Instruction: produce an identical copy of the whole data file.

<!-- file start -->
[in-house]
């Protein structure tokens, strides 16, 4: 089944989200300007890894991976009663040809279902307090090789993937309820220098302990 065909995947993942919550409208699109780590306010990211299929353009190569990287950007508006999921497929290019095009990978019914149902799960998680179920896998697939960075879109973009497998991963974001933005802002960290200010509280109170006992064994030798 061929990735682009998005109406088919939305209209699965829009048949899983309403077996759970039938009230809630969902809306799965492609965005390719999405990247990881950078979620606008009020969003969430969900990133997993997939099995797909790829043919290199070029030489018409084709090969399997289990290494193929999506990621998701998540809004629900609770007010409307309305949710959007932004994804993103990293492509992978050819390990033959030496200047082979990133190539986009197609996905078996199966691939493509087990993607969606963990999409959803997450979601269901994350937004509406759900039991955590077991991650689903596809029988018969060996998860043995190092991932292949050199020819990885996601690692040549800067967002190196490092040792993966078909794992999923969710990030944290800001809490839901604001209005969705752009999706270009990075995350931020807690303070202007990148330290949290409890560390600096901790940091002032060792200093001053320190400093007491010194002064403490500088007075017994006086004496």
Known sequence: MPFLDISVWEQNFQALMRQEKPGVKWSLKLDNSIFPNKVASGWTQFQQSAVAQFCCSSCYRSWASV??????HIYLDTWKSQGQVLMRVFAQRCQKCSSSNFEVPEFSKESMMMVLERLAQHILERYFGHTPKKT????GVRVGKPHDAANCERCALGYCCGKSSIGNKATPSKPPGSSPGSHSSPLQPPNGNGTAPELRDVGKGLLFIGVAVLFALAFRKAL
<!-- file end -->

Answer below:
[in-house]
């Protein structure tokens, strides 16, 4: 089944989200300007890894991976009663040809279902307090090789993937309820220098302990 065909995947993942919550409208699109780590306010990211299929353009190569990287950007508006999921497929290019095009990978019914149902799960998680179920896998697939960075879109973009497998991963974001933005802002960290200010509280109170006992064994030798 061929990735682009998005109406088919939305209209699965829009048949899983309403077996759970039938009230809630969902809306799965492609965005390719999405990247990881950078979620606008009020969003969430969900990133997993997939099995797909790829043919290199070029030489018409084709090969399997289990290494193929999506990621998701998540809004629900609770007010409307309305949710959007932004994804993103990293492509992978050819390990033959030496200047082979990133190539986009197609996905078996199966691939493509087990993607969606963990999409959803997450979601269901994350937004509406759900039991955590077991991650689903596809029988018969060996998860043995190092991932292949050199020819990885996601690692040549800067967002190196490092040792993966078909794992999923969710990030944290800001809490839901604001209005969705752009999706270009990075995350931020807690303070202007990148330290949290409890560390600096901790940091002032060792200093001053320190400093007491010194002064403490500088007075017994006086004496």
Known sequence: MPFLDISVWEQNFQALMRQEKPGVKWSLKLDNSIFPNKVASGWTQFQQSAVAQFCCSSCYRSWASV??????HIYLDTWKSQGQVLMRVFAQRCQKCSSSNFEVPEFSKESMMMVLERLAQHILERYFGHTPKKT????GVRVGKPHDAANCERCALGYCCGKSSIGNKATPSKPPGSSPGSHSSPLQPPNGNGTAPELRDVGKGLLFIGVAVLFALAFRKAL